So, in bringing these 31 individuals together, we tried to address these issues. Presenters from various centres explained their strategies for safety as human rights defenders. Fidelis Mudimu, from Counselling Services Unit (CSU) in Zimbabwe, was among three staff members arbitrarily arrested and detained. He spoke about strategies to assess risks. For example, the greater impact of a centre’s work – bringing forth more perpetrators to account for their crimes, documenting that torture has taken place, empowering victims through rehabilitation – can of course increase the risks that human rights defenders face because they challenge the impunity of perpetrators. Knowing the impact of one’s work can keep that defender aware of when they might provoke a threat.

Taiga Wanyanja, coordinator of Mateso – Mwatikho Torture Survivors Organization in Kenya, spoke about ways in which human rights defenders can mitigate against risks. Keep abreast of not only the context in which one is working, but how it changes. Is there political unrest or upcoming elections, such as the situation in Kenya in 2008 that resulted in many incidents of torture? Make sure the office itself is safe – in a well-lit area and not isolated and easily attacked.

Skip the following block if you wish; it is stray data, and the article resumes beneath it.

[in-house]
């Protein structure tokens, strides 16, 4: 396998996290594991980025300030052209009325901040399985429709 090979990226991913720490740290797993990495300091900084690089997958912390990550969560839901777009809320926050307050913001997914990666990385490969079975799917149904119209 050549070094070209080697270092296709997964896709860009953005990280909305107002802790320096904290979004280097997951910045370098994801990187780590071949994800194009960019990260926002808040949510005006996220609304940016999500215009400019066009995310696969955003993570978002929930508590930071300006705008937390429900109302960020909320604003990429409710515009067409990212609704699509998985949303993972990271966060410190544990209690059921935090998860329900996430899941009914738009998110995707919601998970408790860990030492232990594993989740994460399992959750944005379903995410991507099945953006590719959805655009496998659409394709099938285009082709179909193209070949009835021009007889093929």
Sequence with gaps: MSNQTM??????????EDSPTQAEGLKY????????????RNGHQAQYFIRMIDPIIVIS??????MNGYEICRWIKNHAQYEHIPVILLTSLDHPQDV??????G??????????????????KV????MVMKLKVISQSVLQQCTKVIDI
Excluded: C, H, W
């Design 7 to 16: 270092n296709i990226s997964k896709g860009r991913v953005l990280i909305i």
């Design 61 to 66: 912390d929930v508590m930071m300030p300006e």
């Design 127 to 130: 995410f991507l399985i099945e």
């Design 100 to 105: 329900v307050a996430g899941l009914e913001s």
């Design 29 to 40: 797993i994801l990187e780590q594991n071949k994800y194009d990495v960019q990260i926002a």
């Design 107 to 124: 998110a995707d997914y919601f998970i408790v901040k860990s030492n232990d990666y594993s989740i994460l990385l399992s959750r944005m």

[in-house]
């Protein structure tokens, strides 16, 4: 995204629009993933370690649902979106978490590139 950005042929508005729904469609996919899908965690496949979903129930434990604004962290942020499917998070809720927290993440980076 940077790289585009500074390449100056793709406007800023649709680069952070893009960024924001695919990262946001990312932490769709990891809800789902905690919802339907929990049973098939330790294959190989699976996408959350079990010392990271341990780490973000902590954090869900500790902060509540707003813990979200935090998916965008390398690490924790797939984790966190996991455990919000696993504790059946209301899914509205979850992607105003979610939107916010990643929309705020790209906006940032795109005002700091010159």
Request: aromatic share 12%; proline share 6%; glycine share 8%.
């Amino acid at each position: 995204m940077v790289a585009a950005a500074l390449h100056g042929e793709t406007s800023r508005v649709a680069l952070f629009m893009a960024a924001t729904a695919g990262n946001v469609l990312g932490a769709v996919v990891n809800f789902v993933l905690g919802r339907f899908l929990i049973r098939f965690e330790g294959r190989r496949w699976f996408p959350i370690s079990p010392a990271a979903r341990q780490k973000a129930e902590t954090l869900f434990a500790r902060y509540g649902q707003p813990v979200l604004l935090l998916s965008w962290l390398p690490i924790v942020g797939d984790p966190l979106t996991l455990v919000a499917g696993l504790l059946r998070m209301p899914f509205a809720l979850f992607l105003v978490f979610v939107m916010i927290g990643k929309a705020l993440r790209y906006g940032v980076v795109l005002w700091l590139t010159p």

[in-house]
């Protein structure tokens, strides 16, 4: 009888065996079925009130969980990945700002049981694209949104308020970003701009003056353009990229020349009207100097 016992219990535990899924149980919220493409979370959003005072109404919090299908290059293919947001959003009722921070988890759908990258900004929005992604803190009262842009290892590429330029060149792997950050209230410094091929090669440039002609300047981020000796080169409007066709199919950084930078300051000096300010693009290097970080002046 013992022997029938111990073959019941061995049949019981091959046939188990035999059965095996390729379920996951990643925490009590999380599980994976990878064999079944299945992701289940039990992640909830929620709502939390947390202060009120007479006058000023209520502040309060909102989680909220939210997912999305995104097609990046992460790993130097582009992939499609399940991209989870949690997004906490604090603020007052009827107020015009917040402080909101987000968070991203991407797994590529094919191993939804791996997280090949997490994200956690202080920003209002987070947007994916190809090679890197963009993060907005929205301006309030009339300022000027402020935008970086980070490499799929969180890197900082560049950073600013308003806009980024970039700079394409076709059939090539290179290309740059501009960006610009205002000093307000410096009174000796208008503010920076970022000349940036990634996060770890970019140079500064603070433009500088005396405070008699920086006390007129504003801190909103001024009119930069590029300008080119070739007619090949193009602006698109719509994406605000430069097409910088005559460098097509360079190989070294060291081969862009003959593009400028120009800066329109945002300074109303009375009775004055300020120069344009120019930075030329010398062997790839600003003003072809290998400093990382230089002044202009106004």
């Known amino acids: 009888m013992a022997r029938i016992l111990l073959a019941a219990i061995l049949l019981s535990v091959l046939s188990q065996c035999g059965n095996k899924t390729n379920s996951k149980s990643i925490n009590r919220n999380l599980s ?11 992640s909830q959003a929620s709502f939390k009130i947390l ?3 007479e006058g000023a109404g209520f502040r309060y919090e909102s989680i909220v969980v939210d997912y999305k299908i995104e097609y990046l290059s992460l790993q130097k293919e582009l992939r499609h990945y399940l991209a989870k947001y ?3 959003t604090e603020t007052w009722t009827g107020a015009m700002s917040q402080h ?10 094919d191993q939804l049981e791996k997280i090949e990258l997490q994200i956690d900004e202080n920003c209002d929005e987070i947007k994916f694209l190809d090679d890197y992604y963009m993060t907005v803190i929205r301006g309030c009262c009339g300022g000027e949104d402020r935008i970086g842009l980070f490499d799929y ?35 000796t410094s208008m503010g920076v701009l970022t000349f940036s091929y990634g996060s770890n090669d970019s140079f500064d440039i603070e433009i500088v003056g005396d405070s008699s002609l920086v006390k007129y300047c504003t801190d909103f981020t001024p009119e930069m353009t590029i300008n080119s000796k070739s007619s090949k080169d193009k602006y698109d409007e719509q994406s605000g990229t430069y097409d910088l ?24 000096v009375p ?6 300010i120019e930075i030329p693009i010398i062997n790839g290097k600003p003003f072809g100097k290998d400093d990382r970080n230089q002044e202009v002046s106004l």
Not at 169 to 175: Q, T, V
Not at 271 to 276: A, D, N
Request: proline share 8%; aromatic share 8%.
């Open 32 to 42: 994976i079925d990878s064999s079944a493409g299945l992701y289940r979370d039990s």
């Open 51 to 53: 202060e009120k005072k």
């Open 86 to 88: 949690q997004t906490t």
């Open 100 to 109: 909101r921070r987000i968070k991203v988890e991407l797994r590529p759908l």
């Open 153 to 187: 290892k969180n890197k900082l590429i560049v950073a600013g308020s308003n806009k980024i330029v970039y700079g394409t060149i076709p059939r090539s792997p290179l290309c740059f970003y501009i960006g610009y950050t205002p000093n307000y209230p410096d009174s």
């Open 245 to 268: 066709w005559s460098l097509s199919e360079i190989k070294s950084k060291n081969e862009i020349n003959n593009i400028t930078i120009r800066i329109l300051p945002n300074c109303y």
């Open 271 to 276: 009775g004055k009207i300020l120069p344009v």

But human rights defenders need to be mentally safe in addition to physically safe. When working in the fight against torture, it is both understandable and a considerable risk that human rights defenders may become traumatised, burned-out or facing other mental health challenges because of the nature of their work. Secondary trauma – trauma that comes from hearing and witnessing the stories of torture and violence all day, everyday – is a problem among those in human rights work, perhaps particularly in anti-torture organisations.

So, back to meetings. What is the purposing of bringing forth all these people from all over the continent to learn these things? Because, as Fidelis said, “We are a chain. And we are only as strong as our weakest link.” It is critically important for the safety – both physical and mental safety – that everyone learns from each other. This is learning from both successes and failures, knowing what works and what doesn’t, in fighting torture within each country, context and community.

Tessa MollTessa is Communications Officer at the IRCT. The regional meeting, part of the NSA project, was funded by the European Commission.